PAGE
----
The Libyans Have a Different Take on Their Battle With the U.S. Navy
In their version, a Libyan Su-22 shot down a U.S. F-14
On Aug. 19, 1981, U.S. Navy F-14 Tomcat fighters shot down two Libyan air force Su-22 fighter-bombers over the Gulf of Sidra. The American pilots’ version of the clash is well-known in the West. The Libyan view of the battle, however, remains obscure.
We can fix that.
In 1973, Libya declared all the waters of the Gulf of Sidra as its territory. Preoccupied with other affairs, successive U.S. governments did nothing to challenge this claim until Pres. Ronald Reagan ordered the U.S. Navy to conduct a freedom-of-navigation exercise in the area in the spring of 1981.
Although the Navy publicly announced the operation months in advance, when it began Libyan dictator Muammar Abu Minyar Al Qaddaffi was on a visit abroad. Before departing, he had told his military commanders to keep American aircraft away from what Libya considered its air space.
A spokesperson for the Libyan government pointing at the area where the clash between two F-14s and a pair of Su-22s on Aug. 19, 1981. Albert Grandolini Collection
Contrary to what might be expected, by August 1980 the Libyan air force was under the command of a U.S.-trained officer. Col. Salleh Abdullah Salleh piloted Boeing CH-47 Chinook transport helicopters that Libya acquired from Italy.
Similarly, most of his top officers were U.S.- and French-trained. They either used to fly Northrop F-5s that the Libyan air force acquired from the United States in 1966 or Mirage 5s it purchased from France in 1969.
Although Libya placed huge orders for MiG-23s, MiG-25s and Su-22s in the 1970s, a majority of pilots for these types trained in Yugoslavia or under Czech and Italian instructors in Libya — not in the USSR. The Libyans were deeply dissatisfied with the quality of training the Soviets provided and, in 1977, discontinued the practice of sending their pilots to the USSR.
Worse, the Libyans were so unhappy with the quality of technical instruction and manuals provided by Moscow that, in the same year and following a spate of around a dozen of fatal accidents involving brand-new MiG-23s, they recruited two U.S. pilots to test-fly the type and write a new pilot manual for it.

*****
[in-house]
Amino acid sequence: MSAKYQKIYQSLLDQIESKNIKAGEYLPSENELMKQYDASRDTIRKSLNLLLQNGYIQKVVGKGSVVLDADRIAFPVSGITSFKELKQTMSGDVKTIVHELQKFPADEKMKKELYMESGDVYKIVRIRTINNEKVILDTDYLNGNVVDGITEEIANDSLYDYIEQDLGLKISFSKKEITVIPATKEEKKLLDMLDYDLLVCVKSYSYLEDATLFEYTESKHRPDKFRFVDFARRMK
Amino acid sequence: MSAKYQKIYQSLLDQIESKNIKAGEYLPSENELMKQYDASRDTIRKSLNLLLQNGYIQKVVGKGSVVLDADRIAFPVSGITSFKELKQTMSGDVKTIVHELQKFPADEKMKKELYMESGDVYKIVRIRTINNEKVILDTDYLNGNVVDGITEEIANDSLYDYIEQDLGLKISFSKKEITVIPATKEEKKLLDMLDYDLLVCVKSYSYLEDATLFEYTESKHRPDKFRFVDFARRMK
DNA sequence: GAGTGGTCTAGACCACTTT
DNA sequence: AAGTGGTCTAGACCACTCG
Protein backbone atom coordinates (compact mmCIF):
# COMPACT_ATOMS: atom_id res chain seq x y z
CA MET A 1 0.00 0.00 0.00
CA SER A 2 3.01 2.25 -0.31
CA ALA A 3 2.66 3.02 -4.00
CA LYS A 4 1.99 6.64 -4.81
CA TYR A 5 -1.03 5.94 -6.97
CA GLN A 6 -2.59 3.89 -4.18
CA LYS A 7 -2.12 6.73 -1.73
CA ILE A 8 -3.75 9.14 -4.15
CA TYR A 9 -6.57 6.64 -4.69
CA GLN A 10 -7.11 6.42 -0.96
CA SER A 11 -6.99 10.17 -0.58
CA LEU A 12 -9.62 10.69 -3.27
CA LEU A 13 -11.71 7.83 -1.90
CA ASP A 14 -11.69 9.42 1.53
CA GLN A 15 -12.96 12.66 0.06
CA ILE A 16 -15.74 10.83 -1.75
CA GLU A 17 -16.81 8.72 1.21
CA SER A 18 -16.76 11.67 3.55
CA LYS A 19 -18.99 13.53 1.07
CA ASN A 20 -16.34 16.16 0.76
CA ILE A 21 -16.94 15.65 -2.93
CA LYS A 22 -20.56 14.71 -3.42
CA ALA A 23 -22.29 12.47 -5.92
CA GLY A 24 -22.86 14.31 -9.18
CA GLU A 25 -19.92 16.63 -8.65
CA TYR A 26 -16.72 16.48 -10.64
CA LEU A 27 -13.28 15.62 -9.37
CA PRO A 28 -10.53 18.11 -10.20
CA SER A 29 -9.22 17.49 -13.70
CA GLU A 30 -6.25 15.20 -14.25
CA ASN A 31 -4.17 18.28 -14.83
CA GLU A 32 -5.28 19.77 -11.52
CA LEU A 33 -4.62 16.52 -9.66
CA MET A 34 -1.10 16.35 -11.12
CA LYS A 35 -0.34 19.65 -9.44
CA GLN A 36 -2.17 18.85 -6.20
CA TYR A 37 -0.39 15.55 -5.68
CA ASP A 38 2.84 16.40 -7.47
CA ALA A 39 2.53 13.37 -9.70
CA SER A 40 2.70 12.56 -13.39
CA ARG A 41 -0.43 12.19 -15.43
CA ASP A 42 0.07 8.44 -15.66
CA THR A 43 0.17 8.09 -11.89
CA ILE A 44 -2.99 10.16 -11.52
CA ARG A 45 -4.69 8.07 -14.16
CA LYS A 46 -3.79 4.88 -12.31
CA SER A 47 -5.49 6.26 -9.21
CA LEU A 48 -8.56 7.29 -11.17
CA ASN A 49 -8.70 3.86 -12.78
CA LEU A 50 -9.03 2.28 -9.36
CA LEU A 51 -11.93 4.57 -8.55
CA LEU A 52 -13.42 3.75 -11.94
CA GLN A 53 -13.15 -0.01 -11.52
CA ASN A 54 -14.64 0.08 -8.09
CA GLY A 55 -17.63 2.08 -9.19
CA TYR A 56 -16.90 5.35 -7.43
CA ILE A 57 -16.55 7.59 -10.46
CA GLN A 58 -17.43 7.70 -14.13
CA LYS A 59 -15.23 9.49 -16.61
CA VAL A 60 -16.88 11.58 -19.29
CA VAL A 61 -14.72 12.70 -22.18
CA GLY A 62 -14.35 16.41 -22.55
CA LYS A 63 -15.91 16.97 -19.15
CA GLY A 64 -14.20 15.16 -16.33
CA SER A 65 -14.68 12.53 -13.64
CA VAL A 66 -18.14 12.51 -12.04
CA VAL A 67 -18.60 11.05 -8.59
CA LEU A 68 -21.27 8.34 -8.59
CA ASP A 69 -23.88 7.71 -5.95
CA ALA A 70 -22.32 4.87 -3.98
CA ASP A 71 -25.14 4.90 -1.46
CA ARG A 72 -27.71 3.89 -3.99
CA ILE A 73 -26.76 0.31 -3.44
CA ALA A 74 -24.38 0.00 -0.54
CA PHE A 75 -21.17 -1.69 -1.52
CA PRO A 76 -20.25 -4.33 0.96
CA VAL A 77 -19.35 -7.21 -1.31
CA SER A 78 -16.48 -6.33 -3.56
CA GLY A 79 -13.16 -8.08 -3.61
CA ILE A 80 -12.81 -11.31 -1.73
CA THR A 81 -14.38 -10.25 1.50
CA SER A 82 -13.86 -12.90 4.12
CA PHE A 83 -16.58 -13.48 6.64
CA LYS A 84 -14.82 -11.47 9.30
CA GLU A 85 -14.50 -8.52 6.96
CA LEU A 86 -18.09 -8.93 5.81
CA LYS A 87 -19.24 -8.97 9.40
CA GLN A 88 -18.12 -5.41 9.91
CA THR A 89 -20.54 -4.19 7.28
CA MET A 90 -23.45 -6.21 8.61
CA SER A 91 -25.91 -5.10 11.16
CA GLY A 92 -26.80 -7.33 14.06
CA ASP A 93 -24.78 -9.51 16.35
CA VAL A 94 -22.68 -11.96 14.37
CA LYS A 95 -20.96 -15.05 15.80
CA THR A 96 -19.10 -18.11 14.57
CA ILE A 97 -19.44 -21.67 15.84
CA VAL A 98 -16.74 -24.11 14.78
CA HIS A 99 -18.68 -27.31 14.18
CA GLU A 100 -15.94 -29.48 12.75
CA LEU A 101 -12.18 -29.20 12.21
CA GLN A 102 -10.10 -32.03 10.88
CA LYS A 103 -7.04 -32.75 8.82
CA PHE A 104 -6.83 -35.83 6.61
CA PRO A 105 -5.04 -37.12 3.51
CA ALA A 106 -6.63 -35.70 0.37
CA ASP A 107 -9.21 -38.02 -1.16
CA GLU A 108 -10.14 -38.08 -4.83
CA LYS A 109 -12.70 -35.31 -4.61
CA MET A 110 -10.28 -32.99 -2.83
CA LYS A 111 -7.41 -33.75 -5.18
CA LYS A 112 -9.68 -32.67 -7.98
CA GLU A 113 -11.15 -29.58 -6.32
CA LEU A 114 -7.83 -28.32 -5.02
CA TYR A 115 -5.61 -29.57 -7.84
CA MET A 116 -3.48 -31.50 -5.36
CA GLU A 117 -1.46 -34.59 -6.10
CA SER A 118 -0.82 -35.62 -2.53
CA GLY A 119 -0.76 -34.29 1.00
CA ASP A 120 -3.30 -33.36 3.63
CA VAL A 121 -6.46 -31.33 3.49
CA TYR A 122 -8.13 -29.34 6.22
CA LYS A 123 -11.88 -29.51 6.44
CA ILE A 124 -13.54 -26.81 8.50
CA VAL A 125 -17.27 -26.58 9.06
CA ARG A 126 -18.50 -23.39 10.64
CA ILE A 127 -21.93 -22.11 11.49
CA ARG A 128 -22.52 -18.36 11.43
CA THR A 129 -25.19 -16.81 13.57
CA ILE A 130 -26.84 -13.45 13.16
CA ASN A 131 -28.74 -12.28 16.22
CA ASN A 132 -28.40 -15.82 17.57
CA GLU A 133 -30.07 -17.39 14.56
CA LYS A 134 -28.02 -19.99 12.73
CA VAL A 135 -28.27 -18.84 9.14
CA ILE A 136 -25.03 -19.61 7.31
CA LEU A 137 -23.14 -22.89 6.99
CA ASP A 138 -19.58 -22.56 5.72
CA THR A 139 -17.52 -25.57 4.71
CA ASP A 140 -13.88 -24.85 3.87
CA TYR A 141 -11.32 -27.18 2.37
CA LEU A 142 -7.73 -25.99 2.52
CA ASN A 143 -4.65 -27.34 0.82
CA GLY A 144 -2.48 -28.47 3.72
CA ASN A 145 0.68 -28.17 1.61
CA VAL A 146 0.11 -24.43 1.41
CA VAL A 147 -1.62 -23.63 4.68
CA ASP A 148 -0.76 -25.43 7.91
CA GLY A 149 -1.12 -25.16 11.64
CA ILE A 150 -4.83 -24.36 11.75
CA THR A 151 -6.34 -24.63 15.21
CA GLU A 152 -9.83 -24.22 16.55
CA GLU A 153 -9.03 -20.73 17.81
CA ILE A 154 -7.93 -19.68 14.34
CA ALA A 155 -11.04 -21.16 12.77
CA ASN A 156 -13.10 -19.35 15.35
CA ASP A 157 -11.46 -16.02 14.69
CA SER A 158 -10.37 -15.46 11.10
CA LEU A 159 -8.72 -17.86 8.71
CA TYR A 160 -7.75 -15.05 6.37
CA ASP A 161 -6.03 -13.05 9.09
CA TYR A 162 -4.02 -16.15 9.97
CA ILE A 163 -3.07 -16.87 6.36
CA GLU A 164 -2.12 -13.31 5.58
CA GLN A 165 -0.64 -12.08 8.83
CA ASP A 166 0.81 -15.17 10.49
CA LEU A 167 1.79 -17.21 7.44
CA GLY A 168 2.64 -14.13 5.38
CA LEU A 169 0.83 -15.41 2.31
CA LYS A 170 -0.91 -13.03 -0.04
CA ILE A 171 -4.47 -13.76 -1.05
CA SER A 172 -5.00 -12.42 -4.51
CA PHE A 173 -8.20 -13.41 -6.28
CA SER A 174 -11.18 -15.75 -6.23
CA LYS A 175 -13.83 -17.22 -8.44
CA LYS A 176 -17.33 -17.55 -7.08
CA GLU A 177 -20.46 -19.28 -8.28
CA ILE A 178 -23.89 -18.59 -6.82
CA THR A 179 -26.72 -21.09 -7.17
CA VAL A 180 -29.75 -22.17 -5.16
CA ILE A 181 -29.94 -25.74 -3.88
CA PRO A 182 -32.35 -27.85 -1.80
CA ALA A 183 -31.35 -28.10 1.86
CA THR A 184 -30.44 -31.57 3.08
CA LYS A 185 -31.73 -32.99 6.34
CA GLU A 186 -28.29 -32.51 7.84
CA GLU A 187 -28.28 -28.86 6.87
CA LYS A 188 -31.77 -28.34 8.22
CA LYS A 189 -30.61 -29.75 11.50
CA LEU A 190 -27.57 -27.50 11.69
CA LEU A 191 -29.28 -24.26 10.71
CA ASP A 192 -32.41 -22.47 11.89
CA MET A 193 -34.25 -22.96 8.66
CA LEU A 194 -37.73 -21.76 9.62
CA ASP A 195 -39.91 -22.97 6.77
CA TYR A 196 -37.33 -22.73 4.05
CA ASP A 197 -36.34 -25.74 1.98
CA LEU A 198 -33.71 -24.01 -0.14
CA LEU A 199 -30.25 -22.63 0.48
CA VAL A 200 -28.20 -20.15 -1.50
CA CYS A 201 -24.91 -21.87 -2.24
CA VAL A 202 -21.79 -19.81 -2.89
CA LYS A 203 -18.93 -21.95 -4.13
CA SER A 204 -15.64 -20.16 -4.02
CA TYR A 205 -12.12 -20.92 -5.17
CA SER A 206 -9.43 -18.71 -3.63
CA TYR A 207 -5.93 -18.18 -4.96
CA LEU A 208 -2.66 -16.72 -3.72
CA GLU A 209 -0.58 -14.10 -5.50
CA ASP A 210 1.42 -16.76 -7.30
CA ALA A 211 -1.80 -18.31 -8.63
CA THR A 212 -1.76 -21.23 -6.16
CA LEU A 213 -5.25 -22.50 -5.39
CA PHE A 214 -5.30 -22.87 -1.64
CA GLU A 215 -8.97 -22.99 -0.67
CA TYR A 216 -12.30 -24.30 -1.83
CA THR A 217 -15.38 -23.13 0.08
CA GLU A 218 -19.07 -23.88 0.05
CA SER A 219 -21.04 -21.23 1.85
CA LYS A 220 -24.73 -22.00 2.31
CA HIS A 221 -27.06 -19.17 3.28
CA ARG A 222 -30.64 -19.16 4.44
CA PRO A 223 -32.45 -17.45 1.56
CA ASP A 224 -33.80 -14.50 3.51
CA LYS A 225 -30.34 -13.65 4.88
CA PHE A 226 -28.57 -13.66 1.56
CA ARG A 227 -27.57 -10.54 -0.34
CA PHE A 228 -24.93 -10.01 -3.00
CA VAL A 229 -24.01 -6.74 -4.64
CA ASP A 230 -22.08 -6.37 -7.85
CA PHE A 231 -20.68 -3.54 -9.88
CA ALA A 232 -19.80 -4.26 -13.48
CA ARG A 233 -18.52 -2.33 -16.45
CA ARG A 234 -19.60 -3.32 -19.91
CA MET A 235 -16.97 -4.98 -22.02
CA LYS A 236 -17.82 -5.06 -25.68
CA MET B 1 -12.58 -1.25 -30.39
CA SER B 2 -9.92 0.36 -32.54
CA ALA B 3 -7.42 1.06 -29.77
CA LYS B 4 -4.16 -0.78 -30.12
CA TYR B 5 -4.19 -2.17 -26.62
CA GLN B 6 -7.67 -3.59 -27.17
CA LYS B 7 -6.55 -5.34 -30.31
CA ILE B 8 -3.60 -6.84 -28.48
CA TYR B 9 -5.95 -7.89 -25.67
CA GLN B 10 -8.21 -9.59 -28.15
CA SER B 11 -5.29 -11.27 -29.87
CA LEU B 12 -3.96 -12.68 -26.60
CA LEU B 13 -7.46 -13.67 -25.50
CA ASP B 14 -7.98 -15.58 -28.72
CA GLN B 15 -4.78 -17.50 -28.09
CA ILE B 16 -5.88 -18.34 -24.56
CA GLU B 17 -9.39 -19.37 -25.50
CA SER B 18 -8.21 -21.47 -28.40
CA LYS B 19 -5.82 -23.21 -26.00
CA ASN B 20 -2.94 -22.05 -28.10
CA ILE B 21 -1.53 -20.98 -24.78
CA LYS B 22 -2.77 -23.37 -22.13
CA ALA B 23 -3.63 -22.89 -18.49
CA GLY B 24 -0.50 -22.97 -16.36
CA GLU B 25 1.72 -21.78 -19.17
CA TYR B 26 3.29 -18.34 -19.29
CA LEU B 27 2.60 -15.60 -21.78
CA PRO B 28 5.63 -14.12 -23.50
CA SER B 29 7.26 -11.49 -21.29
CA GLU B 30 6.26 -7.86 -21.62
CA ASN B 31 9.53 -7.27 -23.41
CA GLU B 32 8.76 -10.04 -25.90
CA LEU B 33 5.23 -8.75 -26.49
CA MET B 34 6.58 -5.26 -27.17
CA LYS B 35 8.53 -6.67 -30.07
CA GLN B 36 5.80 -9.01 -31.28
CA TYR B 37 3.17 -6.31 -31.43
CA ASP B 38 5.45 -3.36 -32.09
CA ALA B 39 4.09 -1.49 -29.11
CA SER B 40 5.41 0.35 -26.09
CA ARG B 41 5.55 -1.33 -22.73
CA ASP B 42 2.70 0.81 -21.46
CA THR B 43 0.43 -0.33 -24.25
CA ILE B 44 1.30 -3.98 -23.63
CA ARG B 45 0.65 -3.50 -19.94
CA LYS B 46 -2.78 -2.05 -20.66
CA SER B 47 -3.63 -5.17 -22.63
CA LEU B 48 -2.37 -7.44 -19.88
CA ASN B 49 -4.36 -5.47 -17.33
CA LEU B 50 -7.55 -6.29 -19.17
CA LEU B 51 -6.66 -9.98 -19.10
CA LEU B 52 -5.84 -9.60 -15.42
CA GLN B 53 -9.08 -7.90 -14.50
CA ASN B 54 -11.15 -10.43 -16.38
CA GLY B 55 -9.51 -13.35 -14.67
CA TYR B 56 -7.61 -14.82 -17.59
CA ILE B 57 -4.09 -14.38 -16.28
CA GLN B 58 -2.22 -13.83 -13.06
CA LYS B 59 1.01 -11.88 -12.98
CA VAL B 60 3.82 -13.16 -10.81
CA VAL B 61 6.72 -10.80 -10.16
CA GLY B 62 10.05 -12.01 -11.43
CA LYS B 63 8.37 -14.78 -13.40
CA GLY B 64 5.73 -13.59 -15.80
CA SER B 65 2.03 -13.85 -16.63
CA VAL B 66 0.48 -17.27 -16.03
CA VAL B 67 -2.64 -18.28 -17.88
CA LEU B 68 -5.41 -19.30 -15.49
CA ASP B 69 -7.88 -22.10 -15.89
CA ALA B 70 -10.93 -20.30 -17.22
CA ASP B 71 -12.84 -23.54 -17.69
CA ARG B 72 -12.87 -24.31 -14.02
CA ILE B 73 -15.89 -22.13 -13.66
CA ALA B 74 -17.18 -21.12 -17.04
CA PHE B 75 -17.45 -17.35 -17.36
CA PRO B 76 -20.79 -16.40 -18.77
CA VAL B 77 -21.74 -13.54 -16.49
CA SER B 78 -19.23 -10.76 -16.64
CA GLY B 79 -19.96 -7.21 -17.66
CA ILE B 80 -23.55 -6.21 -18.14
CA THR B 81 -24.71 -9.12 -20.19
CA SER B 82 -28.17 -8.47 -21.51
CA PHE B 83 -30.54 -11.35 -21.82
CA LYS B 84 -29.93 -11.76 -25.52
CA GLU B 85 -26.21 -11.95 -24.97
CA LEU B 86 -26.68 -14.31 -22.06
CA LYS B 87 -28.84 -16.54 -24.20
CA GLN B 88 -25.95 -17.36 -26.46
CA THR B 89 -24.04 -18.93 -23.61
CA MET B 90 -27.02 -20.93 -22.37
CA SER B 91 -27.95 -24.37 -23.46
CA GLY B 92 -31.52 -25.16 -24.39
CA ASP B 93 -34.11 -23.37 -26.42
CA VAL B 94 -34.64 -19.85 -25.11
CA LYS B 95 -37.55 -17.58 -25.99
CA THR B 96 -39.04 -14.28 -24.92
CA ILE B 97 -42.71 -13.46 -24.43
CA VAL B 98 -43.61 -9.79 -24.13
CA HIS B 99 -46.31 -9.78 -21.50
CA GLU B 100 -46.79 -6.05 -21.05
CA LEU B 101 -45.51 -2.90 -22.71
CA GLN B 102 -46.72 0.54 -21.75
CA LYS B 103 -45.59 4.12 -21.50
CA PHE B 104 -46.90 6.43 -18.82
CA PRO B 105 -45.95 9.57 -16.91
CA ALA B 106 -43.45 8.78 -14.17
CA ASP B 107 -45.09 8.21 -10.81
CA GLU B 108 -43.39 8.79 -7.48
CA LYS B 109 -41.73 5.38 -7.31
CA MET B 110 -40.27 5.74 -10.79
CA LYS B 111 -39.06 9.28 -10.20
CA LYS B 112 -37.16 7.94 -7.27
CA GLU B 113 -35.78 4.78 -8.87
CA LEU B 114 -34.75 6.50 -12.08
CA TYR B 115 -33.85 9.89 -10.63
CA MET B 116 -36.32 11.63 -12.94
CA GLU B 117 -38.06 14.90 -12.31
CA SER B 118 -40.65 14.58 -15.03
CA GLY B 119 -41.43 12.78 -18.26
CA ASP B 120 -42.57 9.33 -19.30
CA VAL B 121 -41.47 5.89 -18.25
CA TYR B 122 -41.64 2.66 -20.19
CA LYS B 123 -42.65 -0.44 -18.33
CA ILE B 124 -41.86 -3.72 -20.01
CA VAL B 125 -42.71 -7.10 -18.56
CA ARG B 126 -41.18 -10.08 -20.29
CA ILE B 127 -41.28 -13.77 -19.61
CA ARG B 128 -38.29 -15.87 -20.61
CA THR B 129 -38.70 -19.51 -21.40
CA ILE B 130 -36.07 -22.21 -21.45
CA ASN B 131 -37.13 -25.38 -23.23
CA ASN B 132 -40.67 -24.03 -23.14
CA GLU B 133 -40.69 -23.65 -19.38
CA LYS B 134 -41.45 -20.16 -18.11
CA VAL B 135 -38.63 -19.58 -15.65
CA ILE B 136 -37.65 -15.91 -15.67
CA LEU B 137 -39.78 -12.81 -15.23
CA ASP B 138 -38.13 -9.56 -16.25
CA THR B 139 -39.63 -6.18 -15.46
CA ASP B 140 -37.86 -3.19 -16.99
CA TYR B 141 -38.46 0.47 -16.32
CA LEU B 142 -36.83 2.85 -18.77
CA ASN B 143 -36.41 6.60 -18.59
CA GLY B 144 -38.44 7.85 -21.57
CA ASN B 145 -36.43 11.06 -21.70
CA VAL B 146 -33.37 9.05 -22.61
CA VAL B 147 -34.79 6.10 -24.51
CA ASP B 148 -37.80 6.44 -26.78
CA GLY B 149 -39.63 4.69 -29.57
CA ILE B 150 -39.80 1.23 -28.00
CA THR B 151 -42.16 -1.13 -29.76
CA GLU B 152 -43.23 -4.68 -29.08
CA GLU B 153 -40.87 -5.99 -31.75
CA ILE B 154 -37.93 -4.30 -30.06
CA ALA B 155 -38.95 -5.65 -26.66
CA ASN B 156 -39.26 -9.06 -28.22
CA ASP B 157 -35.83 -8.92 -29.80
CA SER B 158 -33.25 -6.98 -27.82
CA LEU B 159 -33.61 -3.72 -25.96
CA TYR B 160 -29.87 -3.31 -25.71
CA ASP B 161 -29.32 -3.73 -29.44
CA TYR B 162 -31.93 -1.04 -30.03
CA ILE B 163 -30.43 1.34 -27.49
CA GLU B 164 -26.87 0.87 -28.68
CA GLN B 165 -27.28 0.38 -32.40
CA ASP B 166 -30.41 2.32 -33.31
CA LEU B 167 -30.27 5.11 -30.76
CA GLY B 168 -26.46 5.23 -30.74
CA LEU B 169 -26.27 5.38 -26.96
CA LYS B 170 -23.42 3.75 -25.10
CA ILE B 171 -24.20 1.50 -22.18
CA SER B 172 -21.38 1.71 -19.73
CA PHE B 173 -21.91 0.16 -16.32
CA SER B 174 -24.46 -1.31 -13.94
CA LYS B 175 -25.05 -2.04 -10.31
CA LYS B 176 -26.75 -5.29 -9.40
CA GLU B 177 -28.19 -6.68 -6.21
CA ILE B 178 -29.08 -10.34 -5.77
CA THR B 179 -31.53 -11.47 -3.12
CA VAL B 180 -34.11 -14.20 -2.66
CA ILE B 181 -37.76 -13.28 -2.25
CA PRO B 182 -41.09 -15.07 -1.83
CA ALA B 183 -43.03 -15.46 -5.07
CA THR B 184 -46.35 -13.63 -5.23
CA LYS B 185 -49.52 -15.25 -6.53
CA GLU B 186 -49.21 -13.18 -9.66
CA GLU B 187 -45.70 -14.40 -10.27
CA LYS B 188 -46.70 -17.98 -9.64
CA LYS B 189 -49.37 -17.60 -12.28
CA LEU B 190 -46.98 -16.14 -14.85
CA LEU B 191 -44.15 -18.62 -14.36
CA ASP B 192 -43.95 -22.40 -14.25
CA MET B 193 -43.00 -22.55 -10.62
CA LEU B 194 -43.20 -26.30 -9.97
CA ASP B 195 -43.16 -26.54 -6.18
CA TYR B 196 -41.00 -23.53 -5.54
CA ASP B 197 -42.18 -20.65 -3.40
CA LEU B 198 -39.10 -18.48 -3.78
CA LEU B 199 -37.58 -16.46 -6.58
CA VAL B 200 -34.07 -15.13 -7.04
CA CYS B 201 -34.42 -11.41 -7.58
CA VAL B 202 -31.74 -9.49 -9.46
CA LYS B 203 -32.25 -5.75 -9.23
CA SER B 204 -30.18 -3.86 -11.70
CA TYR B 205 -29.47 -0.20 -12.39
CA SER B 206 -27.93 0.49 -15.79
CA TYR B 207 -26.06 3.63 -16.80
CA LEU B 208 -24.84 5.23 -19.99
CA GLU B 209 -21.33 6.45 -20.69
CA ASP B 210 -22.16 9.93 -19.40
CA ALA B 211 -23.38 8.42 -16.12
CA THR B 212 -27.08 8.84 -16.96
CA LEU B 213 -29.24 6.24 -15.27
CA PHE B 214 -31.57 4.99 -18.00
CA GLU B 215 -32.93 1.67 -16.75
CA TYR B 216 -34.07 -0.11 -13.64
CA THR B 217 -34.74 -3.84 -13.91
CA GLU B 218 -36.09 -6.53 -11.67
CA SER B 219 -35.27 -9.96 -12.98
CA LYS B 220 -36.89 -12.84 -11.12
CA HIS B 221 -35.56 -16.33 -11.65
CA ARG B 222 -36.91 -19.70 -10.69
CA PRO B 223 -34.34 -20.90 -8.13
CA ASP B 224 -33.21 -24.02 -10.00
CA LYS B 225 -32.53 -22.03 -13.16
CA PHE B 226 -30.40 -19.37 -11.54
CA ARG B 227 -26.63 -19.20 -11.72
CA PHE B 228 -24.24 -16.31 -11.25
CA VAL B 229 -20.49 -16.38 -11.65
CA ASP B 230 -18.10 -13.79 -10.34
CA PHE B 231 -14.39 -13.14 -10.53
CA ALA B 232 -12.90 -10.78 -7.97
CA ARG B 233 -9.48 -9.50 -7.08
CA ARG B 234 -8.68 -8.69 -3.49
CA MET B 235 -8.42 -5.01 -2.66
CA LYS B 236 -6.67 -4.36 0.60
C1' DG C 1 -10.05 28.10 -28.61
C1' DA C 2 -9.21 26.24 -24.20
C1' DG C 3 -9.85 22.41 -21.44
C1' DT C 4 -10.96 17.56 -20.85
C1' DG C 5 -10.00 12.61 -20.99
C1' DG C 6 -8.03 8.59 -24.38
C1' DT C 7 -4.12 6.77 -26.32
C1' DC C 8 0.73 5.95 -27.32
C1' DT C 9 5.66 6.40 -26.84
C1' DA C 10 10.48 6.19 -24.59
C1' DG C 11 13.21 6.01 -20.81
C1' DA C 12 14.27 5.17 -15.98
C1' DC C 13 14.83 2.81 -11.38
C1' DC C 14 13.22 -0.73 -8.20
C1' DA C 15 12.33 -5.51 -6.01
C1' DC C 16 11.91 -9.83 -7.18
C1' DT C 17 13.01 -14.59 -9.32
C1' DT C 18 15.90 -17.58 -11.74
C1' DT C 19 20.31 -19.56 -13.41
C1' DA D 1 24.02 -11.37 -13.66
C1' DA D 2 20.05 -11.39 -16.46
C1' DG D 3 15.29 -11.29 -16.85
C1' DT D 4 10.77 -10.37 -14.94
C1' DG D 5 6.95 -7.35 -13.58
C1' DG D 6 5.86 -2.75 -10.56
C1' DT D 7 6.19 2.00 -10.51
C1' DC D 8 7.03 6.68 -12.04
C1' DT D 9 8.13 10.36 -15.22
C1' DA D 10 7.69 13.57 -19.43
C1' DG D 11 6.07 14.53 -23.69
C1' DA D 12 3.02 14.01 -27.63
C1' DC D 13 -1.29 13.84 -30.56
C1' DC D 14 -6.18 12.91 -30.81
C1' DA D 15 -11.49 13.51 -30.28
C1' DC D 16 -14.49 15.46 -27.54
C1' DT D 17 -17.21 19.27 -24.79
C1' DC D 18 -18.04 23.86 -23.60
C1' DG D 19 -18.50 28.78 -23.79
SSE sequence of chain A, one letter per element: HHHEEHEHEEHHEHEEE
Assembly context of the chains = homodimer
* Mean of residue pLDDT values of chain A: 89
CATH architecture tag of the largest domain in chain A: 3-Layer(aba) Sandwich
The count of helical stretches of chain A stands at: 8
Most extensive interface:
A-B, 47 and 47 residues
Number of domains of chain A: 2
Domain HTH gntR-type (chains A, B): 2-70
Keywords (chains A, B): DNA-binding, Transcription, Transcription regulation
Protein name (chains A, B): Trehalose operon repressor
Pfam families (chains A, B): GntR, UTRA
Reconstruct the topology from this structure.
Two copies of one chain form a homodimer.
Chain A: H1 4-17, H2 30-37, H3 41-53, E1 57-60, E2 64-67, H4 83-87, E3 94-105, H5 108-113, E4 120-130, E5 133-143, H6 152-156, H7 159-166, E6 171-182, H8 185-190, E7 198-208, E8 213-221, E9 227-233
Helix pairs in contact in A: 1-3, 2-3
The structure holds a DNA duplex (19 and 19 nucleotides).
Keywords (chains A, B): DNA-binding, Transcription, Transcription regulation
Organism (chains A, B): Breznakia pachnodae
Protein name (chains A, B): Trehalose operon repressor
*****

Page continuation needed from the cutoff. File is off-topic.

Furthermore, not all of the Libyan air force’s aircraft that the U.S. Navy encountered were Libyan-flown. In 1978, Syria deployed 40 of its pilots and about 200 ground personnel to the Benina air base outside of Benghazi. The Syrians staffed two units equipped with MiG-23MS interceptors.
The bottom of a Libyan Su-22 carrying two R-13M air-to-air missiles. U.S. Navy photo.
Because Libyans ran their aerial operations mostly in English, French or Russian and the Syrian ran theirs in Arabic, there was considerable confusion on the radio waves. Correspondingly, the Libyan air force was forced to assign specific slots in daily operations corresponding with a particular language.
As fighters from the aircraft carriers USS Forrestal and USS Nimitz began operating over the Gulf of Sidra on Aug. 18, 1981, the Libyan air force did whatever it could to keep the American aviators outside of its territory. During the day, the Libyan air arm scrambled no fewer than 35 pairs of fighters — MiG-23MSs, MiG-25Ps and French-made Dassault Mirage F.1s.
To reinforce the interceptors, Sukhoi Su-22 and Su-22M fighter-bombers armed with R-3S and R-13M air-to-air missiles — NATO code name AA-22 Atoll — scrambled, too, as did a pair of MiG-25RB reconnaissance fighters that attempted, without success, to locate the American carriers.
All of these were intercepted by U.S. fighters and it appears that a majority of the resulting encounters between the U.S. and Libyan planes ended rather peacefully, with the Libyans ultimately turning back toward base. In fact, several of the Libyan formations scrambled with clear orders to shoot down the intruders. They just never came into a position to open fire. The Americans jammed their radios and out-maneuvered them in the air.